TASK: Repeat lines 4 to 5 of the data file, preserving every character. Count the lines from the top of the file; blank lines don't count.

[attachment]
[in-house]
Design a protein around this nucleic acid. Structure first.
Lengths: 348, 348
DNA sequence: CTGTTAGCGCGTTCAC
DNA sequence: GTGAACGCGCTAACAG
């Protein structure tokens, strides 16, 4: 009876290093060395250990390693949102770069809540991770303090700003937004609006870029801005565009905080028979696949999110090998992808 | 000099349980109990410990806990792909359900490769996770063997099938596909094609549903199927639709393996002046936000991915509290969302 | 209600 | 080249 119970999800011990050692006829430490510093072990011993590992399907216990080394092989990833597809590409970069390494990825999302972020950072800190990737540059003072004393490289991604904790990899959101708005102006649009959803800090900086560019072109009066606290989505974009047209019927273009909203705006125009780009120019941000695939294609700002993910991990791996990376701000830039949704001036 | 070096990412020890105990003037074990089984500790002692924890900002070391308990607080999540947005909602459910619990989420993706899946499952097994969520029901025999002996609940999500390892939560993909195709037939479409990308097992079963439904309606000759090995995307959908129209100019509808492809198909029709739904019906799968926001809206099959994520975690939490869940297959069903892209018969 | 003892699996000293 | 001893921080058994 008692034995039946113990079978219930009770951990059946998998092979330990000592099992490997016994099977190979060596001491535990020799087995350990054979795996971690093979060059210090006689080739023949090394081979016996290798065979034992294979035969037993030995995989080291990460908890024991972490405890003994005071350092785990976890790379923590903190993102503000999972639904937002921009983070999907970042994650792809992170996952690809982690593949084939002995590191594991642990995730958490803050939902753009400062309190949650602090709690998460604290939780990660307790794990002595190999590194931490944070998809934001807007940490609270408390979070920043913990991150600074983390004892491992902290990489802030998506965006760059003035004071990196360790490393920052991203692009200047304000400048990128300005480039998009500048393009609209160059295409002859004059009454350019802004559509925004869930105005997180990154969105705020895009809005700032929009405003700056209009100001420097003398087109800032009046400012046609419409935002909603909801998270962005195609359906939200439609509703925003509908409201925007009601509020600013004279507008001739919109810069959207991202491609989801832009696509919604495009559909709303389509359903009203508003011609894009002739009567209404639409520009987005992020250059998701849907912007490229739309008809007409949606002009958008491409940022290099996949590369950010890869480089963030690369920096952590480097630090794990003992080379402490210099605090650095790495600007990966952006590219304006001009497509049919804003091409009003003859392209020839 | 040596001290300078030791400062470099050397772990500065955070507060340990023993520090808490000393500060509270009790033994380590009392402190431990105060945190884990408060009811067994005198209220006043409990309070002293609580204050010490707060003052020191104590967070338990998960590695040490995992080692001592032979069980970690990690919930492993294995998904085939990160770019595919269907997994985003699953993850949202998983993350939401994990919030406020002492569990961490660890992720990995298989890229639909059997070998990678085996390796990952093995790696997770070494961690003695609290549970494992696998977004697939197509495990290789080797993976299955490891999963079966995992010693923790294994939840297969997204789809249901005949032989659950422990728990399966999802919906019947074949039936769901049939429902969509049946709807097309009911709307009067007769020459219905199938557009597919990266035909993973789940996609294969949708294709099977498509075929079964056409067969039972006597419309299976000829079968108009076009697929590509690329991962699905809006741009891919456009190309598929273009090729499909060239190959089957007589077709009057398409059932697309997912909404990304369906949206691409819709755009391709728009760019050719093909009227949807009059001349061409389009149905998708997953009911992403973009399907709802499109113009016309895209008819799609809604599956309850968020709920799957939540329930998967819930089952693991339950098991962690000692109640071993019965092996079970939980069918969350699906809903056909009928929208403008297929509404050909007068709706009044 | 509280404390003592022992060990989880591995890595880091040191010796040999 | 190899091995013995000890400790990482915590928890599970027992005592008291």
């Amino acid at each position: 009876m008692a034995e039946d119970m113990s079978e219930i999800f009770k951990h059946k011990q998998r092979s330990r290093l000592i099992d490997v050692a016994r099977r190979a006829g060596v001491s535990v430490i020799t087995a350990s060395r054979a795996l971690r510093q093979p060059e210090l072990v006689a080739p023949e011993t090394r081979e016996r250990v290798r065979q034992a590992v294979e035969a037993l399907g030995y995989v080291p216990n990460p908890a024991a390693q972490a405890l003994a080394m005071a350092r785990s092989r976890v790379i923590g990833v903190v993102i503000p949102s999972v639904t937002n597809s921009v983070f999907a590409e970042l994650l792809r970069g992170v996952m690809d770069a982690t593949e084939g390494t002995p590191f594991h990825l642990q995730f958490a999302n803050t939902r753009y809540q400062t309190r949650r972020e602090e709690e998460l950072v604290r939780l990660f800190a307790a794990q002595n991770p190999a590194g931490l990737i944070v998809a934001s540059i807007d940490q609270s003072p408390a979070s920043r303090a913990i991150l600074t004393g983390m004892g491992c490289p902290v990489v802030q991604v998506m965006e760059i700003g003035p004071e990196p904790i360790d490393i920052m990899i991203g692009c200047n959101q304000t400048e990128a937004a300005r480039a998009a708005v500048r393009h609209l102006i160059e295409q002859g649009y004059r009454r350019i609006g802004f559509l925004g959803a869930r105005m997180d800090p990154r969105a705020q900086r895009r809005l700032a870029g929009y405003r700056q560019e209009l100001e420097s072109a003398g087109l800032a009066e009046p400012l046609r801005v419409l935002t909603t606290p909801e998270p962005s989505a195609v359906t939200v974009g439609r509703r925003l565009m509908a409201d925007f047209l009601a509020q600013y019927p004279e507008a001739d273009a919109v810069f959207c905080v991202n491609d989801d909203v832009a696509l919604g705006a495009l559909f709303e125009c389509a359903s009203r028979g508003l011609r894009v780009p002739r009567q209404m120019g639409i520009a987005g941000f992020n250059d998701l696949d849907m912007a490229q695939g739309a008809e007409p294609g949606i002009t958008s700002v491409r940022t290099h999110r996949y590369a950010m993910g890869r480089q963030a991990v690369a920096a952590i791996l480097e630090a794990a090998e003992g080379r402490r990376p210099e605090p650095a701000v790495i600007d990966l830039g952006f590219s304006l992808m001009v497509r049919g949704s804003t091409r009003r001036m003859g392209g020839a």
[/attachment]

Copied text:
DNA sequence: CTGTTAGCGCGTTCAC
DNA sequence: GTGAACGCGCTAACAG